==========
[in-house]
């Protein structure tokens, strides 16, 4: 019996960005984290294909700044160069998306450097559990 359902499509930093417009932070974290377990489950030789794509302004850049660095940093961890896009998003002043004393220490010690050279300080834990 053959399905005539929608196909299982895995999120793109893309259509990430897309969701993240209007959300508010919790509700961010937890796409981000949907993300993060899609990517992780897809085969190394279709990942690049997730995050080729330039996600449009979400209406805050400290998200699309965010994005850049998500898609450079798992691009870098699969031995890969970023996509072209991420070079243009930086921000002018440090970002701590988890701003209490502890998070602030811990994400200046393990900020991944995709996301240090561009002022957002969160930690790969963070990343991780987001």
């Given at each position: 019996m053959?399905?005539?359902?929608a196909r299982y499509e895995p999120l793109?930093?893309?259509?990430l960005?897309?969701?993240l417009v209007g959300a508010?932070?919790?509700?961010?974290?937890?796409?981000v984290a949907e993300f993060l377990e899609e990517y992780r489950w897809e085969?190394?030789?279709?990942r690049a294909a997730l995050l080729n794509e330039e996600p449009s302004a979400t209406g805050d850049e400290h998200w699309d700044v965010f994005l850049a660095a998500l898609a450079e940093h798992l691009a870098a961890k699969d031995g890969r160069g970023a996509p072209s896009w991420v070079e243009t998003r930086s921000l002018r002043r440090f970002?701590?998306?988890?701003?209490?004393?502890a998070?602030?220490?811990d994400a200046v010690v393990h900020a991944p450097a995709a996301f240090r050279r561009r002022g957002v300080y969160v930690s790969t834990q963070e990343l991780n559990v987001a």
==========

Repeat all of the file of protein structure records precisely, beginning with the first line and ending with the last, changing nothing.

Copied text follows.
[in-house]
């Protein structure tokens, strides 16, 4: 019996960005984290294909700044160069998306450097559990 359902499509930093417009932070974290377990489950030789794509302004850049660095940093961890896009998003002043004393220490010690050279300080834990 053959399905005539929608196909299982895995999120793109893309259509990430897309969701993240209007959300508010919790509700961010937890796409981000949907993300993060899609990517992780897809085969190394279709990942690049997730995050080729330039996600449009979400209406805050400290998200699309965010994005850049998500898609450079798992691009870098699969031995890969970023996509072209991420070079243009930086921000002018440090970002701590988890701003209490502890998070602030811990994400200046393990900020991944995709996301240090561009002022957002969160930690790969963070990343991780987001």
């Given at each position: 019996m053959?399905?005539?359902?929608a196909r299982y499509e895995p999120l793109?930093?893309?259509?990430l960005?897309?969701?993240l417009v209007g959300a508010?932070?919790?509700?961010?974290?937890?796409?981000v984290a949907e993300f993060l377990e899609e990517y992780r489950w897809e085969?190394?030789?279709?990942r690049a294909a997730l995050l080729n794509e330039e996600p449009s302004a979400t209406g805050d850049e400290h998200w699309d700044v965010f994005l850049a660095a998500l898609a450079e940093h798992l691009a870098a961890k699969d031995g890969r160069g970023a996509p072209s896009w991420v070079e243009t998003r930086s921000l002018r002043r440090f970002?701590?998306?988890?701003?209490?004393?502890a998070?602030?220490?811990d994400a200046v010690v393990h900020a991944p450097a995709a996301f240090r050279r561009r002022g957002v300080y969160v930690s790969t834990q963070e990343l991780n559990v987001a």